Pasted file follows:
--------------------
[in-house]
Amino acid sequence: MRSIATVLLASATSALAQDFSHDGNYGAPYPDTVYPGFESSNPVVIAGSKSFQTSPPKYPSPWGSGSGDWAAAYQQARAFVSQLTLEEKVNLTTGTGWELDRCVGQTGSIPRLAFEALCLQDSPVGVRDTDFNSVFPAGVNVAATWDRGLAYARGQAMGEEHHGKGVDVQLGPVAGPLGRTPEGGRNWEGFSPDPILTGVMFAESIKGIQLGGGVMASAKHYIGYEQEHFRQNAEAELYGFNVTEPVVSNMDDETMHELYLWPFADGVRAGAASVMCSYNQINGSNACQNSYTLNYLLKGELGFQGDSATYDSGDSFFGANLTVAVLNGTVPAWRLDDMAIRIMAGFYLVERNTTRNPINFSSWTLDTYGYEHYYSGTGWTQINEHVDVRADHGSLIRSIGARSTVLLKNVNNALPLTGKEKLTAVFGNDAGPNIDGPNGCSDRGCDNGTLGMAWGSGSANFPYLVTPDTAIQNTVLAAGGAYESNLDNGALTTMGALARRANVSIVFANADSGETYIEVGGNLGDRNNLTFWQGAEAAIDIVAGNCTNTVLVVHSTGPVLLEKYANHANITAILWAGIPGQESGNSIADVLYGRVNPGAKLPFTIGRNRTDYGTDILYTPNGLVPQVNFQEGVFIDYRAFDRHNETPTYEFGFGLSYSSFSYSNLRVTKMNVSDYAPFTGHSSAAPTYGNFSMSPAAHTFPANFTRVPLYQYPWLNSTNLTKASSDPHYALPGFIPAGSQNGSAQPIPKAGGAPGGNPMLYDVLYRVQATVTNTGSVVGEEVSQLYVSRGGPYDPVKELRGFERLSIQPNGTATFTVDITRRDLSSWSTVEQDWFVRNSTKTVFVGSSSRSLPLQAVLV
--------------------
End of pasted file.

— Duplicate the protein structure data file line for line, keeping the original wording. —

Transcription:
[in-house]
Amino acid sequence: MRSIATVLLASATSALAQDFSHDGNYGAPYPDTVYPGFESSNPVVIAGSKSFQTSPPKYPSPWGSGSGDWAAAYQQARAFVSQLTLEEKVNLTTGTGWELDRCVGQTGSIPRLAFEALCLQDSPVGVRDTDFNSVFPAGVNVAATWDRGLAYARGQAMGEEHHGKGVDVQLGPVAGPLGRTPEGGRNWEGFSPDPILTGVMFAESIKGIQLGGGVMASAKHYIGYEQEHFRQNAEAELYGFNVTEPVVSNMDDETMHELYLWPFADGVRAGAASVMCSYNQINGSNACQNSYTLNYLLKGELGFQGDSATYDSGDSFFGANLTVAVLNGTVPAWRLDDMAIRIMAGFYLVERNTTRNPINFSSWTLDTYGYEHYYSGTGWTQINEHVDVRADHGSLIRSIGARSTVLLKNVNNALPLTGKEKLTAVFGNDAGPNIDGPNGCSDRGCDNGTLGMAWGSGSANFPYLVTPDTAIQNTVLAAGGAYESNLDNGALTTMGALARRANVSIVFANADSGETYIEVGGNLGDRNNLTFWQGAEAAIDIVAGNCTNTVLVVHSTGPVLLEKYANHANITAILWAGIPGQESGNSIADVLYGRVNPGAKLPFTIGRNRTDYGTDILYTPNGLVPQVNFQEGVFIDYRAFDRHNETPTYEFGFGLSYSSFSYSNLRVTKMNVSDYAPFTGHSSAAPTYGNFSMSPAAHTFPANFTRVPLYQYPWLNSTNLTKASSDPHYALPGFIPAGSQNGSAQPIPKAGGAPGGNPMLYDVLYRVQATVTNTGSVVGEEVSQLYVSRGGPYDPVKELRGFERLSIQPNGTATFTVDITRRDLSSWSTVEQDWFVRNSTKTVFVGSSSRSLPLQAVLV